The bridge aforesaid, with the railroads of the Pennsylvania Company, the Pittsburgh Company, the Indiana Central Company, and other railroad companies named in the bridge contract, formed a continuous line of railroad transportation from Philadelphia to Des Moines.
The privisions of the bridge contract and of the lease, and the circumstances attending and following their execution, are more fully set forth in the case between the same parties in 131 U. S. 131 U.S. 371. But the above abstract is sufficient for the purposes of the present case. chanroblesvirtualawlibrary
In June, 1871, immediately after the modification of the bridge contract, the bridge was accepted by the Bridge Company and was opened for use, and thenceforward was used by the Pittsburgh and Pennsylvania Companies in the exercise of the control asserted by them under the contract and lease aforesaid. The Bridge Company demanded payment directly from the Pittsburgh Company, semiannually, of the sums payable by the Indiana Central Company for tolls and deficiencies under the modified bridge contract, and from June, 1871, to September, 1874, the Pittsburgh Company paid to the Bridge Company the amount both of such tolls and of such deficiencies. After that time, like payments were demanded by the Bridge Company of the Pittsburgh Company, and the tolls only paid.
On July 25, 1881, the Bridge Company filed a bill in equity against the Pittsburgh Company and the Pennsylvania Company to recover deficiencies in tolls for the use of the bridge from September 1, 1874.
To that bill the defendants answered that the Indiana Central Company, the Pittsburgh Company, and the Pennsylvania Company never authorized their officers to execute the bridge contract or to bind them by it, and that the contract was beyond the scope of their corporate powers.
The Pittsburgh Company also, by way of supplemental answer, set up that in 1875, the trustees named in a mortgage made by the Indiana Central Company of its railroad, rights, and franchises, before the execution of the bridge contract, brought a bill in equity to foreclose that mortgage, and were thereupon appointed receivers, and, pursuant to decrees of foreclosure, there were conveyed by the Indiana Central Company to the receivers, and by them on January 10, 1883, sold and conveyed to three individuals, as trustees, for a smaller sum then the debt secured by the mortgage, its road, rights, and franchises, with the right to affirm or disaffirm the lease aforesaid, and the purchasers, on February 21, 1883, notified the Pittsburgh Company that they disaffirmed the lease, and further averred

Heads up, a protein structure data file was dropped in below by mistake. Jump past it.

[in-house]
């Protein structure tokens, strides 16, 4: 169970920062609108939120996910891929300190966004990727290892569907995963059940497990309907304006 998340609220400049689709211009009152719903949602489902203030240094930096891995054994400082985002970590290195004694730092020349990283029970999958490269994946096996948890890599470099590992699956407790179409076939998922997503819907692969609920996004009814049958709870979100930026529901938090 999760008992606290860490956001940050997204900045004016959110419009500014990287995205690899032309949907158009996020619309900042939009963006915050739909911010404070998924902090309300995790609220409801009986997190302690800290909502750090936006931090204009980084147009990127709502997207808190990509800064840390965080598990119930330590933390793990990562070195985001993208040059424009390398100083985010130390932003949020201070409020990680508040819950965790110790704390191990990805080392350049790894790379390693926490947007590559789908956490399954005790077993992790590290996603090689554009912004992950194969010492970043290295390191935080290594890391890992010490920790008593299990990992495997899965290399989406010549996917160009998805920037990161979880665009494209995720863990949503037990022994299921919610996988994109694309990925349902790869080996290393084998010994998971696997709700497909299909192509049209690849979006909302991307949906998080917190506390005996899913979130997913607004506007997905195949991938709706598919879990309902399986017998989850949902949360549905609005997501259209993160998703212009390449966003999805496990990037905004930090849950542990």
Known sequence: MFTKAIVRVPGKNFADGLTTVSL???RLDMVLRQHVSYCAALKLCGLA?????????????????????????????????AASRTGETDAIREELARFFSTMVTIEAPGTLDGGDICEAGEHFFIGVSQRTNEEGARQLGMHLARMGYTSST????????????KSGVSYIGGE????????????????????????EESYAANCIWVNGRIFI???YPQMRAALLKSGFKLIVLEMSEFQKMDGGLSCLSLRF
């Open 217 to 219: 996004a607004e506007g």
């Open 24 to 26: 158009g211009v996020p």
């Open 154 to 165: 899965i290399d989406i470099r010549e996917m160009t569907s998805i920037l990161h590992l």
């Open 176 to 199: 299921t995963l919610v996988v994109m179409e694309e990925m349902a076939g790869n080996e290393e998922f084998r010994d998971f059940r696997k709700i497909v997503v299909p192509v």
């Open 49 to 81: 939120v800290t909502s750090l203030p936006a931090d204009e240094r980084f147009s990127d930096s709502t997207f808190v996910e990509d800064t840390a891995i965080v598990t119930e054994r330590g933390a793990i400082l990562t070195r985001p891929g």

"that in accordance with said decrees, possession of said railway property, rights, and franchises has been
surrendered to the said purchasers, and that it has been wholly ousted and evicted from all and singular the premises, rights, and franchises leased to it as aforesaid, and it relies upon the cancellation of said lease and the ouster and eviction, as aforesaid, as a full and perfect answer to the relief sought in the bill."
To those answers a general replication was filed, and the case was referred to a master, who reported that there was due from the Pittsburgh and Pennsylvania Companies to the Bridge Company, as one-fourth part of the deficiency in the receipts of the Bridge Company from September 1, 1874, to March 1, 1883, the sum of $118,076.89, and that the road, rights, and franchises of the Indiana Central Company had been sold and conveyed, as alleged in the supplemental answer of the Pittsburgh Company, to trustees, and by them on March 17, 1883, to the Chicago, St. Louis and Pittsburgh Railroad Company. The circuit court confirmed the master's report and entered a decree for the Bridge Company for the sum found due; and, on appeals by the Pittsburgh Company and the Pennsylvania Company, that decree was affirmed by this Court. 131 U. S. 131 U.S. 371.